The Timkat Festival: Ethiopian Festival of Epiphany

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Priests walking with the Tabot, the Ark of the Covenant, in a procession through Gondar (Carl Court, Getty Images/ The Guardian)

Today we celebrate the Timkat Festival, the Ethiopian celebration of Epiphany.  This year, it takes place on 19 January, while on leap years it is on 20 January (which is the 10th day of the TerrEthiopian calendar).  It is a celebration of the baptism of Jesus Christ on the Jordan River by John the Baptist (Matthew 3:13–17; Mark 1:9–11; Luke 3:21–23).  For the celebrations, pilgrims come from around the country to enact the baptism, celebrating the Epiphany, which lasts 3 days.

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Pilgrims at Fasilides’ Castle in Gondar (Carl Court / Getty Images/ The Guardia)

The best place for the celebration is in Gondar at the Fasilides Castle: a Pure Gem of Ethiopia’s Rich History. During the ceremonies of Timkat, a procession headed by the most senior priest is led to the river, carrying the Tabot, a model of the Ark of the Covenant, reverently wrapped in rich cloth. Once the water is blessed, many jump into the water to partake into the renewal of the baptismal vows. It is a great joy, for many believe that the sick are cured. It is a feast of celebration, and processional crosses of varying size and elaboration as well as various Ethiopian artifacts can be seen on the occasion.  Participants wear the traditional shamma, which is a thin, white cotton wrap worn like a toga and as headdress.  The best places to attend the event are in Lalibela, Gondar, or Addis Ababa.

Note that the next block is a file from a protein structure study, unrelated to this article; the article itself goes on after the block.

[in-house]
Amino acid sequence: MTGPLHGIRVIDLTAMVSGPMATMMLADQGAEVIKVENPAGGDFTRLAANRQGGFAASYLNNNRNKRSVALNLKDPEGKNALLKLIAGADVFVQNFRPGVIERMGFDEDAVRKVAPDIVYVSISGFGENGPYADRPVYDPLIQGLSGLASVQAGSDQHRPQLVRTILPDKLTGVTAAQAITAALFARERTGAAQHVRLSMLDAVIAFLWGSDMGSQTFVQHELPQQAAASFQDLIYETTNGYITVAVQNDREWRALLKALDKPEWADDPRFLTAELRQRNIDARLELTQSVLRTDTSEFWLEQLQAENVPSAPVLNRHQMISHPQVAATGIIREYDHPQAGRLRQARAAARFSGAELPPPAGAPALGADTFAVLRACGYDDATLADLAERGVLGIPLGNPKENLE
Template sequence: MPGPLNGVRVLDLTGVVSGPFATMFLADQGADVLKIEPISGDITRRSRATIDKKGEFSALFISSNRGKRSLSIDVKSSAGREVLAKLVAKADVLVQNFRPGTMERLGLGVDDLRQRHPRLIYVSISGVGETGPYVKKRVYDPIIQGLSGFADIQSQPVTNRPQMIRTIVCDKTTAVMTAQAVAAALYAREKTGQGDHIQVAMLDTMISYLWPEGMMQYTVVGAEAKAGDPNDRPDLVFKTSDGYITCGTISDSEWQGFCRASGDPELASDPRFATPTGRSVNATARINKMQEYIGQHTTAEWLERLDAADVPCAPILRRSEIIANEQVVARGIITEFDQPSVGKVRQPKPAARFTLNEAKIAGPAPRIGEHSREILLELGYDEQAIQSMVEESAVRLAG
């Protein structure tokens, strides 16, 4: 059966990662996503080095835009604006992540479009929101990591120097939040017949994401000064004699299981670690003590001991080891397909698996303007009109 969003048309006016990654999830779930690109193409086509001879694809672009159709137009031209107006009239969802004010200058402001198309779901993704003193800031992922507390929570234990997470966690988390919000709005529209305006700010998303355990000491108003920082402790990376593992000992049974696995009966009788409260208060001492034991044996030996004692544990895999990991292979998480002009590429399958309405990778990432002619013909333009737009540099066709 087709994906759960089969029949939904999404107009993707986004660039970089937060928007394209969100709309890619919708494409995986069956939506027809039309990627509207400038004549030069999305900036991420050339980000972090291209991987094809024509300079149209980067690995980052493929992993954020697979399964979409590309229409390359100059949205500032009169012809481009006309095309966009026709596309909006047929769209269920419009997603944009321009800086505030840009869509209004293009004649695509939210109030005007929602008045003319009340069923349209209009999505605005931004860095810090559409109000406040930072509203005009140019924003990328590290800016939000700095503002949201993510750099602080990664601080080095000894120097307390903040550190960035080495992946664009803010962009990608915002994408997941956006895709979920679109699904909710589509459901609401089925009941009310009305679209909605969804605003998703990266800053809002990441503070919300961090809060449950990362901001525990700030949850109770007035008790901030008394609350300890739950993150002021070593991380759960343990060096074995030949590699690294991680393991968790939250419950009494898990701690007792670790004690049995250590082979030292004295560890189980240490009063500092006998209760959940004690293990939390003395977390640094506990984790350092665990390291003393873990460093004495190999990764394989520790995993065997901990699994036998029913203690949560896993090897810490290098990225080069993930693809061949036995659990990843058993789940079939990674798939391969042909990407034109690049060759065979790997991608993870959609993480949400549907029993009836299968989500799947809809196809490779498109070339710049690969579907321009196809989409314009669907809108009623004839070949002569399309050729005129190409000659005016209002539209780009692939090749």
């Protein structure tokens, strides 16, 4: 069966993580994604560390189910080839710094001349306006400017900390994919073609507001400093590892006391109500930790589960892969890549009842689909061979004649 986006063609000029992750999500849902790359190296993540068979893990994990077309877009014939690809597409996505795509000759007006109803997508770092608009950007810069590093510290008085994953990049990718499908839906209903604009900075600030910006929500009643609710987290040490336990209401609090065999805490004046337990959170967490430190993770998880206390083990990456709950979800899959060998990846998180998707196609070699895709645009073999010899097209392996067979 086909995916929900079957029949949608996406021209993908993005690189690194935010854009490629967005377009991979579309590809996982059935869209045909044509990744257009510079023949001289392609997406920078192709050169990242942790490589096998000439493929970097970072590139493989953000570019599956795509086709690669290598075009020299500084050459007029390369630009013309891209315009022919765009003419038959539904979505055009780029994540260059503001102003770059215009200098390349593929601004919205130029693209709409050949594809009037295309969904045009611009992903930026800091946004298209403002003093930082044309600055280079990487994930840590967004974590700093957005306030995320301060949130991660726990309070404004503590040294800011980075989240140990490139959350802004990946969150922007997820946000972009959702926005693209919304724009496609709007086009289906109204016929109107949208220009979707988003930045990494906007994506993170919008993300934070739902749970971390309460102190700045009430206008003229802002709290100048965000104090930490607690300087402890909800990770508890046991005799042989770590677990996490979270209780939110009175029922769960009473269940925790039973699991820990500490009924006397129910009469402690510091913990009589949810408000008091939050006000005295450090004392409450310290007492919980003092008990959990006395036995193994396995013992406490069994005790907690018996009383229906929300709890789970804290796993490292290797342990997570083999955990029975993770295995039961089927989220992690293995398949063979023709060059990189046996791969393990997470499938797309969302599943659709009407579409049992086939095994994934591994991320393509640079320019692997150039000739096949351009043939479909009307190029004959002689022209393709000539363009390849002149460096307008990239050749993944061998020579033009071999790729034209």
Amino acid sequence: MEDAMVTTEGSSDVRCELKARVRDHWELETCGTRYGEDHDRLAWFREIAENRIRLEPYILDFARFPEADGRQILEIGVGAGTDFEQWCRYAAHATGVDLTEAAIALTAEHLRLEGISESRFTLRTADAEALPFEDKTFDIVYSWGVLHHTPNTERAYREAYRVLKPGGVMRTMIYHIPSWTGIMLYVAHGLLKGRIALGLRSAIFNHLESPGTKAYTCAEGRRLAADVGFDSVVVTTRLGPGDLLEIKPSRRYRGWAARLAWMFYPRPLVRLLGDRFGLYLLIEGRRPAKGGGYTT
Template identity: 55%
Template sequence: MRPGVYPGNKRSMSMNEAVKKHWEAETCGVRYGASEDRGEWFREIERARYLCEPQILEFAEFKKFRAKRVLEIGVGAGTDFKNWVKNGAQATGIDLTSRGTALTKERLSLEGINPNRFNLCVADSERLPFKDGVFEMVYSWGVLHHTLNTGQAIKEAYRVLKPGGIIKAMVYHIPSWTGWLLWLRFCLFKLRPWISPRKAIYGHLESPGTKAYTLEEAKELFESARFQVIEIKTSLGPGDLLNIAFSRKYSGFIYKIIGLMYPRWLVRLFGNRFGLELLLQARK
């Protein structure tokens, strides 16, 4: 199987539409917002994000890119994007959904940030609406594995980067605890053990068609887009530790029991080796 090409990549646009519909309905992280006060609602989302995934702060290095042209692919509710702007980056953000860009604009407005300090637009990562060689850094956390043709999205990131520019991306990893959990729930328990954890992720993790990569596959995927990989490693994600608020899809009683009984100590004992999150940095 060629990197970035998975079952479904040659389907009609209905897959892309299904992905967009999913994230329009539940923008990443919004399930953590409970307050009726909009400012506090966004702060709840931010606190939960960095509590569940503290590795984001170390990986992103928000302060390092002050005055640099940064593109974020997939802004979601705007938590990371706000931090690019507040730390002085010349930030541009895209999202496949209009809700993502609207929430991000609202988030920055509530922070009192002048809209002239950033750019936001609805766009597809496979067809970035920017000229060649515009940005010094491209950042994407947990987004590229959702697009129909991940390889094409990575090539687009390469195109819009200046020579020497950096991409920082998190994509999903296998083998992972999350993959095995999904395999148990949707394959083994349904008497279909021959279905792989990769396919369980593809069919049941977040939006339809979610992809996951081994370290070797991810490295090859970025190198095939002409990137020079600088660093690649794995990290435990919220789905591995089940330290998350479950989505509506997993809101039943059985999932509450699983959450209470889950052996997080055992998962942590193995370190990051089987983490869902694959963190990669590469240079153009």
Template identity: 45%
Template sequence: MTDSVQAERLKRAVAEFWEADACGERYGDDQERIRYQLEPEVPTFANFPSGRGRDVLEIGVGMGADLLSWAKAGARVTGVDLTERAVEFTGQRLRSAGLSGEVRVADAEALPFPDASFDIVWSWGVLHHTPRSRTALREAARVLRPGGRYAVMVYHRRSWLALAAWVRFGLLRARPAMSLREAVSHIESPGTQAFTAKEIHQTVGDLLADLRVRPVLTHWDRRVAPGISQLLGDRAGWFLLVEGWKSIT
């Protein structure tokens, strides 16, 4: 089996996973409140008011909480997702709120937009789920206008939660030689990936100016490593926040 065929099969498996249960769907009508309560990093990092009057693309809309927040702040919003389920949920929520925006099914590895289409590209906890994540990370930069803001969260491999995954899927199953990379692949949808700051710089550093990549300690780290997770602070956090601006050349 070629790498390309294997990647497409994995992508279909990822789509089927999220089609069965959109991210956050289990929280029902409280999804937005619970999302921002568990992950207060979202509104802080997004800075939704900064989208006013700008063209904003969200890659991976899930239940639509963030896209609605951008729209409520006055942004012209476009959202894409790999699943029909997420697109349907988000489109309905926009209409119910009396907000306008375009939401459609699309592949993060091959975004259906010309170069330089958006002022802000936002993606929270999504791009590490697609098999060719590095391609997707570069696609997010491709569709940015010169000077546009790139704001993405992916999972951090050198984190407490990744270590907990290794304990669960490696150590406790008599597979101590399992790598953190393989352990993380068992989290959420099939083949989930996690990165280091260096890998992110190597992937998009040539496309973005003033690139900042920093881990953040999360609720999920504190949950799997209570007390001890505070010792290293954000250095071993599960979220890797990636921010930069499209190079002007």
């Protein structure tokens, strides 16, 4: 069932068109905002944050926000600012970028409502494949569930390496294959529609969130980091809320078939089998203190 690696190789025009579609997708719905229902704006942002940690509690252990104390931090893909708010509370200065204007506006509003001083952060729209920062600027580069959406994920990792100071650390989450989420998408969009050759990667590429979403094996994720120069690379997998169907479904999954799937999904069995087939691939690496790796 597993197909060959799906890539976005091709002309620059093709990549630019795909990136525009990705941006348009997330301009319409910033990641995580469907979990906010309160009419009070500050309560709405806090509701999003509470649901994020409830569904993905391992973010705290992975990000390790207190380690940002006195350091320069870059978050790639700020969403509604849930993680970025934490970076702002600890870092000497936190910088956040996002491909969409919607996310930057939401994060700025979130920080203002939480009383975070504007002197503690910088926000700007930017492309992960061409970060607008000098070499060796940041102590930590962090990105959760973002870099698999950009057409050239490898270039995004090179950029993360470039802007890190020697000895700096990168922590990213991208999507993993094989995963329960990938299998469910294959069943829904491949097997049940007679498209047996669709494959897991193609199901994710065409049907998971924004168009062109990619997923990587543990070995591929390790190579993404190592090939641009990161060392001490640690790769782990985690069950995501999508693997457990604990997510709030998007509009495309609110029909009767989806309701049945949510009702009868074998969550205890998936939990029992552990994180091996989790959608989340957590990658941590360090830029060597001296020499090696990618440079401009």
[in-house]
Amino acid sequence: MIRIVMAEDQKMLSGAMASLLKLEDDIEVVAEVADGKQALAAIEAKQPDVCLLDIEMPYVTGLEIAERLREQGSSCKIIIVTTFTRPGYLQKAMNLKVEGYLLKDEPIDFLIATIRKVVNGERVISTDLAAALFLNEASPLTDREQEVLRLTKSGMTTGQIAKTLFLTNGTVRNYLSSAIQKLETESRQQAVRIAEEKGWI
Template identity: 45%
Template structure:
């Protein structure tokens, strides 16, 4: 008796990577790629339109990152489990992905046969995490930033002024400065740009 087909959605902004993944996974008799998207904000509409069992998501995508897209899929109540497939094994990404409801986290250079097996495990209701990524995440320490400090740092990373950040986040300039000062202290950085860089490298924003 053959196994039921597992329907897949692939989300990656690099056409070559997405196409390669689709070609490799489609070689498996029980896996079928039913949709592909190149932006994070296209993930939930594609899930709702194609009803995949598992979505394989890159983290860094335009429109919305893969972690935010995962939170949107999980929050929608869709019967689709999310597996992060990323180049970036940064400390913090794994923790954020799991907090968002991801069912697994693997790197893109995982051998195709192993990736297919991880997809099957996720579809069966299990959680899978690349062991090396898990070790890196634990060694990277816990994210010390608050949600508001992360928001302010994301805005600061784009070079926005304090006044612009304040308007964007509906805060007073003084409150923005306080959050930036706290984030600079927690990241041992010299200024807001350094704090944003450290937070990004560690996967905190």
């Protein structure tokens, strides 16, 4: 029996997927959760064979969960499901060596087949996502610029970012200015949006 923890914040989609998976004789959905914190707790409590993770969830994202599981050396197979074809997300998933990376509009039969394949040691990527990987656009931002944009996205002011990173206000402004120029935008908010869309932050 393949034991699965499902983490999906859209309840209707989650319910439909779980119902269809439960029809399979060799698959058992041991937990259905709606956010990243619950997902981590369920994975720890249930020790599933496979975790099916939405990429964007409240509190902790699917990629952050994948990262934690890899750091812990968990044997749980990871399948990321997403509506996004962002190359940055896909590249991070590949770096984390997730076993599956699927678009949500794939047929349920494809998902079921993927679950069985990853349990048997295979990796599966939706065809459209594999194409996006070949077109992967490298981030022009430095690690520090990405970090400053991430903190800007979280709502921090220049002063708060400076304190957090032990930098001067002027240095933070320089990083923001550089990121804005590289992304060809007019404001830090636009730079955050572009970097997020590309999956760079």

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Female drummers during the festival (Carl Court / Getty Images / The Guardian)

Here are photojournals from The Guardian, the Huffington Post, and the BBC on the Timkat Festival; my favorite one is from the Guardian, by Carl De Souza, and the other one by Carl Court. I also liked this article on the wildjunket. Enjoy!!!

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Ladies posing near trees during the Timkat celebration (Carl Court / Getty Images / The Guardian)

Fasilides Castle: a Pure Gem of Ethiopia’s Rich History

Map of Ethiopia
Map of Ethiopia

Throughout human history, every great empire has had great builders and phenomenal architectural fits: The Romans with Emperor Titus who built the Colosseum, the Inca builders of Machu Picchu, the Egyptian pharaohs with the great sphinx of Giza and the great pyramids, the first emperor of China and the Ming dynasty with the Great Wall of China.  However, few today know of the Abyssinian builder Fasilides and his work.

Ethiopian Emperor Fasilides is one of most remarkable rulers of Abyssinia, the ancient name of Ethiopia.  A member of the Solomonic dynasty, emperor Fasilides ruled over Abyssinia from 1632 to 1667.  He founded the city of Gondar in 1636 which became the capital of Abyssinia, in the northwestern part of Ethiopia.  He was known as Alam Sagad or ‘To whom the world bows.’  Today, thousands bow to his work, and his footprints have marked the history of Ethiopia forever.

Fasilides' Castle
Fasilides’ Castle